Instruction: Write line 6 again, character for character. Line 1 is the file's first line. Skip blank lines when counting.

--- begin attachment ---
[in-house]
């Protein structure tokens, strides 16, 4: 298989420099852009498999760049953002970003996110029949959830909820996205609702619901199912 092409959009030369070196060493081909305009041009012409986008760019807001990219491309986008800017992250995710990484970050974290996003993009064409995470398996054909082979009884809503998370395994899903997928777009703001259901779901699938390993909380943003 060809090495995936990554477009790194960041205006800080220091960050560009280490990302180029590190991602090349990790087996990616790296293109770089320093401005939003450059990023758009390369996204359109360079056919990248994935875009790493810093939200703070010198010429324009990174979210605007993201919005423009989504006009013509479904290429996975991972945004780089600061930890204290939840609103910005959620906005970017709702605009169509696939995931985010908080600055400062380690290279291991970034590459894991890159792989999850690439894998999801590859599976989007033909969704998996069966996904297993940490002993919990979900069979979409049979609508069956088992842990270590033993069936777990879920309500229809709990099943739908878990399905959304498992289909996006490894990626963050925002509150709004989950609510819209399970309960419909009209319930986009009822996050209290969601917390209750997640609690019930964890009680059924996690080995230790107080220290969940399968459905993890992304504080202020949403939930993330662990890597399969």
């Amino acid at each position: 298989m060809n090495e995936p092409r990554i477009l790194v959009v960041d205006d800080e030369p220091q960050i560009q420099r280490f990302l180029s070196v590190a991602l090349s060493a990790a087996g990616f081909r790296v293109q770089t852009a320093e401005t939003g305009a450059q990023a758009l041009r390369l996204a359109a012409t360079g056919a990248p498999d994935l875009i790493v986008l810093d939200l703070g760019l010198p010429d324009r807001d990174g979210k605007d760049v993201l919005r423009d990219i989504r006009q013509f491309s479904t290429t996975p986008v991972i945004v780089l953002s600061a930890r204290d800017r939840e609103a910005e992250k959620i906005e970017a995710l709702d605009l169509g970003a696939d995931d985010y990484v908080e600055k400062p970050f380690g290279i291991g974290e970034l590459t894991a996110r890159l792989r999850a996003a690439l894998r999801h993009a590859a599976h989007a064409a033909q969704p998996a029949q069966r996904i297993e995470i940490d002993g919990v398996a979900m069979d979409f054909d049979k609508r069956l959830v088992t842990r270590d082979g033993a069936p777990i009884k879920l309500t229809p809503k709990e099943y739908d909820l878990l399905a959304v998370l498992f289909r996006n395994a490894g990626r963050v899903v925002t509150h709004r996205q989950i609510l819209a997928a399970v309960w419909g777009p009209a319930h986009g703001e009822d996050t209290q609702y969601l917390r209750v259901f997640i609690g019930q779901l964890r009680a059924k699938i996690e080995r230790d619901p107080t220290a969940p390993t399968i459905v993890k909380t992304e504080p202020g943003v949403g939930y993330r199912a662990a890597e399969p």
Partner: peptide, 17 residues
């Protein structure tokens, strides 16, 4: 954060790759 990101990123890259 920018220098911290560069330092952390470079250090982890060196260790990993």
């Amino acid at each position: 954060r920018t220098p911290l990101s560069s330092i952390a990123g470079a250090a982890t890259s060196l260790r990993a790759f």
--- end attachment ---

């Amino acid at each position: 954060r920018t220098p911290l990101s560069s330092i952390a990123g470079a250090a982890t890259s060196l260790r990993a790759f």